Dear Mr. Zuckerberg,
You know I don’t ask for much. But how do you think it makes me feel when I post a status with its usual incisive wit and insight to only then find myself checking my profile every 10 minutes just to see if it got over 4 measly “likes”? I’m not asking for mandatory comments or “likes” here, and certainly none of that “Seen” business you installed on the messenger. All I’m suggesting, Mr. Zuckerberg, is that an “acknowledge” button would be nice.
What kind of society is it you’d like to create in your corner of the Internet? One based on mutual respect and recognition or one based on masturbatory and anarchic social impulses? I read an entire New York Times article the other week, wrote up a nice two-sentence critique of it, pasted the entire thing onto my Timeline and guess what? Twenty minutes later, one “like”. What are you going to tell me, that my 843 friends just scrolled on by my link without even a pause? That they didn’t smile and nod their heads and, despite themselves, feel some degree of catharsis while reading my commentary? I hate to pepper you with rhetorical questions here Mr. Zuckerberg, but you have to understand my position.
I’m asking for proof. Proof that what I post isn’t just some blur people scroll past on their newsfeed. I could help you devise a system. If a user leaves their cursor lingering over a particular post or picture for more than five seconds, a pop-up window could appear asking the user if they would like to “acknowledge” the post. A polite reminder to people that the content they’re enjoying is the product of someone else’s hard work and thought. Do you think I like taking out my phone at every meal of the day and figuring out which filter will make the food look good enough to make other people feel jealous? It takes commitment and aesthetic sensibility, skills that I don’t think are being sufficiently rewarded by the total of 14 “likes” I have on my latest breakthrough album, “FALL PICS/AUTUMN NOMS!”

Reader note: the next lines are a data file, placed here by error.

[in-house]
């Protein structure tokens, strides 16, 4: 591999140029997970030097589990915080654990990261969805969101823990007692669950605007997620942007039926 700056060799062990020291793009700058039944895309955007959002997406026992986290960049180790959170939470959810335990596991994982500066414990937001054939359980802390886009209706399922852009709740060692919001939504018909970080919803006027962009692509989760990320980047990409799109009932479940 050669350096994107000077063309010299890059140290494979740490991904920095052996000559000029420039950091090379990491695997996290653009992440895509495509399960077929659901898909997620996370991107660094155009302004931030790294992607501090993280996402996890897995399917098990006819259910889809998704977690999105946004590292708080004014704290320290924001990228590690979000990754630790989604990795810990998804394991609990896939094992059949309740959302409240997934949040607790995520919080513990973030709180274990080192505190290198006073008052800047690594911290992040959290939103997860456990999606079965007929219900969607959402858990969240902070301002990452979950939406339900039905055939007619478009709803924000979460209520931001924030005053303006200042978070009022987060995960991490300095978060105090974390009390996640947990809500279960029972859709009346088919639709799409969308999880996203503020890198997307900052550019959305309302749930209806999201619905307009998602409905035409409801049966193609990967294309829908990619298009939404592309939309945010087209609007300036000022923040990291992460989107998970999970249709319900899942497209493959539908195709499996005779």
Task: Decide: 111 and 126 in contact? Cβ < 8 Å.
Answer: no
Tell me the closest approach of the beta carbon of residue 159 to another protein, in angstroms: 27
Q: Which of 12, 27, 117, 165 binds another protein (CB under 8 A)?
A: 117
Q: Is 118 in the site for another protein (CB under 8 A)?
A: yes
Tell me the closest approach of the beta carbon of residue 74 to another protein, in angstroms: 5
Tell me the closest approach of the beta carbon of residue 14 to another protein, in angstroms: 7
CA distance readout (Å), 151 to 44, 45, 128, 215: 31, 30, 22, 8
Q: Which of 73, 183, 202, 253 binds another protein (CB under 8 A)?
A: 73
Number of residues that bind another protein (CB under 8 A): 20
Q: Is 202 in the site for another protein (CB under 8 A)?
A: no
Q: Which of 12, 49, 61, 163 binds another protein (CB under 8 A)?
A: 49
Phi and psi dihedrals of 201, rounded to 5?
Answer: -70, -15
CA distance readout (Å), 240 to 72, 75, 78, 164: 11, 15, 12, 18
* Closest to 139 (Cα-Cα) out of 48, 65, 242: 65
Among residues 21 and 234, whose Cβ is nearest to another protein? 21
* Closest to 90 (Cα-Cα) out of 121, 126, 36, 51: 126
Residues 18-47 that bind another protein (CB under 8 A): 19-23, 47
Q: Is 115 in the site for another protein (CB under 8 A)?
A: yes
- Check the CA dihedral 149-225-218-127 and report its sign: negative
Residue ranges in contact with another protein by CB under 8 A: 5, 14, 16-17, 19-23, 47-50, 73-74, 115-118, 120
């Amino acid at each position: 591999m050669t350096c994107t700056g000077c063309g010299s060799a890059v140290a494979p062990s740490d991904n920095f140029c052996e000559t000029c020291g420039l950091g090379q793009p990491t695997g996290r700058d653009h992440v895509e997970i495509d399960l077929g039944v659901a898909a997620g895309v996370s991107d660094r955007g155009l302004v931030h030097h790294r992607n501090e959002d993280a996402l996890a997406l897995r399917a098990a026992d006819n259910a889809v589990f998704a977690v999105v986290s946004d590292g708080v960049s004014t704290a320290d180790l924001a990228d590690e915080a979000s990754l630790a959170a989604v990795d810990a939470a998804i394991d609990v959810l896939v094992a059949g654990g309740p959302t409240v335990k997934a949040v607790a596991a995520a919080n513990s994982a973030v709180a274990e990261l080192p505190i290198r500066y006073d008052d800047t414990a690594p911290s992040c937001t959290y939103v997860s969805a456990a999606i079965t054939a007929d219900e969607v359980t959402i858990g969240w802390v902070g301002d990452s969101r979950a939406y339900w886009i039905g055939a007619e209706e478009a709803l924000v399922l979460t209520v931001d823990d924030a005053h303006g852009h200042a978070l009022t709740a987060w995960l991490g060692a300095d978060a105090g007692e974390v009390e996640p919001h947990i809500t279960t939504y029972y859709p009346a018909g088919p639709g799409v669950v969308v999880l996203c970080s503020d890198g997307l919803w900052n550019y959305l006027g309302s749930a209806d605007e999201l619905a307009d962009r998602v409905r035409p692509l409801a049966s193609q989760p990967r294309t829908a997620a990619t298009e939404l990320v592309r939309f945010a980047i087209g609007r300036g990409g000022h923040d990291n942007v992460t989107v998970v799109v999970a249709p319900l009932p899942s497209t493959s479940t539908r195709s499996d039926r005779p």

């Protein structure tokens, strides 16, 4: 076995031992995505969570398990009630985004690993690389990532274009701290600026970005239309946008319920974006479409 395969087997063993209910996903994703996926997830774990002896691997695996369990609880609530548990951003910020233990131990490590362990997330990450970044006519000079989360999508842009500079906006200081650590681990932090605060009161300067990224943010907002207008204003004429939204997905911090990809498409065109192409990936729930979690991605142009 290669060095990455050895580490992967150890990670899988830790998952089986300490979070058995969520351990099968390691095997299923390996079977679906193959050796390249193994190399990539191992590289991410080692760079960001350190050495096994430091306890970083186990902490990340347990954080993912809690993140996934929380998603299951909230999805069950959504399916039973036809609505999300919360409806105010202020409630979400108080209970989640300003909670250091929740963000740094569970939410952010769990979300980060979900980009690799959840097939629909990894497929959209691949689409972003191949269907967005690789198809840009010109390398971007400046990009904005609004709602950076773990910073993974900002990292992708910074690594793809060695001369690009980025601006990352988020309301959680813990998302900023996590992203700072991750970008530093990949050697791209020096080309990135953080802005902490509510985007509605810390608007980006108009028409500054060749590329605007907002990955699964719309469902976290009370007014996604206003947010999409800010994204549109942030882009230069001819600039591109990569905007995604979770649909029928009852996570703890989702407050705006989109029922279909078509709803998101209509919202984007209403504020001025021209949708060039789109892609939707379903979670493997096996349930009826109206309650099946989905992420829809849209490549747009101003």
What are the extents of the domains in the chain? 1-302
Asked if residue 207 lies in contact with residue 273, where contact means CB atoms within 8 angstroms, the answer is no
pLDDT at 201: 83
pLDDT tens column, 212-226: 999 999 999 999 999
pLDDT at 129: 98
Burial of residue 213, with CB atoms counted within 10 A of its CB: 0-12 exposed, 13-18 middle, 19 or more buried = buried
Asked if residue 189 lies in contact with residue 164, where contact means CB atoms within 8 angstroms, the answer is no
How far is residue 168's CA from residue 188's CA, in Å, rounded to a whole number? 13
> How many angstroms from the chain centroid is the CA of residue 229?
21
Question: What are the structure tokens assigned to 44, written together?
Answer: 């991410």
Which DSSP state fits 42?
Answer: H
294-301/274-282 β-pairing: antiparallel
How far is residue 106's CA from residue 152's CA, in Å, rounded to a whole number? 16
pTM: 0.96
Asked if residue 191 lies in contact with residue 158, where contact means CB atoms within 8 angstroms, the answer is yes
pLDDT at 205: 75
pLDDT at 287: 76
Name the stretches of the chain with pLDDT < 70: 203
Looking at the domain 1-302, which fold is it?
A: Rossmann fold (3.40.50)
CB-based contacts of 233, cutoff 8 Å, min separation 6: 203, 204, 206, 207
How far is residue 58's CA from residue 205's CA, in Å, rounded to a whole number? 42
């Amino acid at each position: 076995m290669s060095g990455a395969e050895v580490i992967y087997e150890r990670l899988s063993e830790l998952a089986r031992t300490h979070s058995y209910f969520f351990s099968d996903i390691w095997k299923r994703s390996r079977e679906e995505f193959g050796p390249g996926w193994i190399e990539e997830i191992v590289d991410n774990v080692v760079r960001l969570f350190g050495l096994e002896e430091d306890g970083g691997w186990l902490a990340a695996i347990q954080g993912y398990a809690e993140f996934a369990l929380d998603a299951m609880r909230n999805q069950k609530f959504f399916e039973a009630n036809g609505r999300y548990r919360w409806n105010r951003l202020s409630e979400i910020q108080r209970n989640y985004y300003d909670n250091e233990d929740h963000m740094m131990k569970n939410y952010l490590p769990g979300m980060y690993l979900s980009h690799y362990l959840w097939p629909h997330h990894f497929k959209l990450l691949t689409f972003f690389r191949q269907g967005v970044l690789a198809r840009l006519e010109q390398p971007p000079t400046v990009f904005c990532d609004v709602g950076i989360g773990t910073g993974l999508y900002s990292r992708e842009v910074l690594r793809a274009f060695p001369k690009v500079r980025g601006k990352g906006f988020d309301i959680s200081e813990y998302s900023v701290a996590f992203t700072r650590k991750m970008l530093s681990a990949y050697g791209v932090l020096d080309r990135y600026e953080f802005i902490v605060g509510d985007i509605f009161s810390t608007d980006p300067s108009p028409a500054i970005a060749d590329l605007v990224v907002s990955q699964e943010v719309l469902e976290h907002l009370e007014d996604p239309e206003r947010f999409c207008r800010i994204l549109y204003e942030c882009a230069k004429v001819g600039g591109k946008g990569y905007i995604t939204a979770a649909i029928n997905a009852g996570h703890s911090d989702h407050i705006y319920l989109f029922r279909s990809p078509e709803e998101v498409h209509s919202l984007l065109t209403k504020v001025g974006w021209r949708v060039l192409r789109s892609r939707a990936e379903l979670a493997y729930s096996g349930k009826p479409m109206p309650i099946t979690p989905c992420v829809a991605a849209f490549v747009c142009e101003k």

So what’s it going to be Mark? I could air out my political frustrations by having real conversations with people, leading my views to be challenged and eventually honed. I could enjoy the present moment of a party or a dinner without concern for group photos taken to commemorate time spent planning group photos. Hell, I could even go meet new people instead of stalking people I’m already tired of knowing in real life. These are the alternatives you leave me with Mark. I hope you at least do me the service of acknowledging this letter.